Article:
2014 GSA Annual Meeting in Vancouver, British Columbia (19–22 October 2014)

Paper No. 313-8
Presentation Time: 10:45 AM


SALES, Rachel Kathleen, Department of Biology, University of Dayton, 300 College Park, Dayton, OH 45469, GOLDMAN, Daniel, Department of Geology, University of Dayton, 300 College Park, Dayton, OH 45469, PARIS, Florentin, Géosciences Rennes, Université de Rennes1, UMR 6118 du CNRS, Rennes, 35042, France and SHEETS, H. David, Dept. of Geology, SUNY at Buffalo, 411 Cooke Hall, Buffalo, NY 14260

Chitinozoans are organic-walled microfossils that first appear in the Early Ordovician and diversify rapidly through the Paleozoic. They occur in a variety of marine paleoenvironments ranging from carbonate platforms to slope and basinal settings, but have an unknown taxonomic affinity. Along with graptolites and conodonts, chitinozoans are extremely important lower Paleozoic index fossils. The regional and global biodiversity patterns of Ordovician chitinozoans have been examined in detail, but typically within the traditional biostratigraphic temporal frameworks of unequal duration biozones or time slices (e.g., Paris et al., 2004). Recently, Goldman et al. (2008, 2013) and Hints et al. (2011) used the quantitative stratigraphic correlation program CONOP9 (Sadler et al., 2003) to examine Ordovician Baltoscandian chitinozoan biodiversity with both equal duration bins and interval-free approaches to temporal standardization.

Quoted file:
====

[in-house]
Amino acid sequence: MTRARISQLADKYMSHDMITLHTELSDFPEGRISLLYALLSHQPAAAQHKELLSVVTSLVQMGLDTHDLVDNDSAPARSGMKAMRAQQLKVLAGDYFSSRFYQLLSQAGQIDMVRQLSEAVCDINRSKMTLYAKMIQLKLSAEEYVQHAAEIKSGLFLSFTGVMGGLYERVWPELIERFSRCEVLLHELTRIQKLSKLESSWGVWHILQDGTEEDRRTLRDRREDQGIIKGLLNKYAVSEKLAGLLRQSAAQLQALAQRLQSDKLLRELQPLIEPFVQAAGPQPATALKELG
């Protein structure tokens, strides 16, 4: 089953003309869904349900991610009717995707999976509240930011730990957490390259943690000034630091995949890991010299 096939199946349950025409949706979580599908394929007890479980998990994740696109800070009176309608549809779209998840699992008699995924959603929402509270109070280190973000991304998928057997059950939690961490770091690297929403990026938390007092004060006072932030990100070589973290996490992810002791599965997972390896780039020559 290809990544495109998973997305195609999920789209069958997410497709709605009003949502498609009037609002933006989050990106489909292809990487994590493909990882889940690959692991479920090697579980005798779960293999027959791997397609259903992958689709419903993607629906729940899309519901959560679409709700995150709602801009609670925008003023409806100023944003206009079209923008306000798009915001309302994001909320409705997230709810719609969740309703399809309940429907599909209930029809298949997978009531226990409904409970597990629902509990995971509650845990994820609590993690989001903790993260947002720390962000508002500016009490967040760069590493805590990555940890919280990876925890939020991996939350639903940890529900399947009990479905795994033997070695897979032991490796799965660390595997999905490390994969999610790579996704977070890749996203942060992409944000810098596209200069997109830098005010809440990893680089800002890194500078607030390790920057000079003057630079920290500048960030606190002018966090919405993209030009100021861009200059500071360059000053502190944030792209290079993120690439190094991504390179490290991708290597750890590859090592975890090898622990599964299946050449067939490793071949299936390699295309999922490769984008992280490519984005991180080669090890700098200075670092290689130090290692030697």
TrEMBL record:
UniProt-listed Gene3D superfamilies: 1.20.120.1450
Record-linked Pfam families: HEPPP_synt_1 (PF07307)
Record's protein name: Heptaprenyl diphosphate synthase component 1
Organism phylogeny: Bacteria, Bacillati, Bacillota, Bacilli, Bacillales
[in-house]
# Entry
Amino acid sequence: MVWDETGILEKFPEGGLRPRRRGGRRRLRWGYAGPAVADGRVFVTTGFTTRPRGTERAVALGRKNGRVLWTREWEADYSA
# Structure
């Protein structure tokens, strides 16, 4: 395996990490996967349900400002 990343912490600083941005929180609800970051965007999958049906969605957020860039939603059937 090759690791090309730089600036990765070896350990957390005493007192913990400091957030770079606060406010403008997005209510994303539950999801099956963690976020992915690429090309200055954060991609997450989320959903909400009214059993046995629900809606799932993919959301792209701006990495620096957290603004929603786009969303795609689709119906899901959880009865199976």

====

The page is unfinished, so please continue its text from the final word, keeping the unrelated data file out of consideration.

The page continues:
In this study we used CONOP9 to construct an Ordovician composite range chart from the stratigraphic range data of 167 chitinozoan species from 65 boreholes and outcrops across Gondwana. These data were gathered from the published ranges of species in sections from Argentina, North Africa, the Middle East, Australia, and southern Europe. The CONOP9-derived results differ from previously published results in small but significant ways. Our diversity curve is generally similar to the global curve of Paris et al. (2004), which exhibits a broad diversity plateau that ranges from the upper Darriwilian to lower Katian, with a Sandbian dip between two peaks. Unlike the global pattern, however, the youngest peak is mid to upper, not lower, Katian and has greater diversity than the upper Darriwilian. The CONOP9-derived pattern lacks the very pronounced upper Darriwilian peak in the Paris et al. (2004) N. Gondwana curve. Chitinozoan diversity curves from Baltoscandia tend to have a broad Darriwilian to mid Katian diversity plateau followed by a long upper Katian - Hirnantian decline, a decline which is delayed and steeper in the CONOP Gondwana curve. These differences, particularly with the previous N. Gondwana curve could be attributable to CONOP-produced range extensions or perhaps from the substantial amount of post- 2004 data that tended to focus on the late Katian - Hirnantian interval.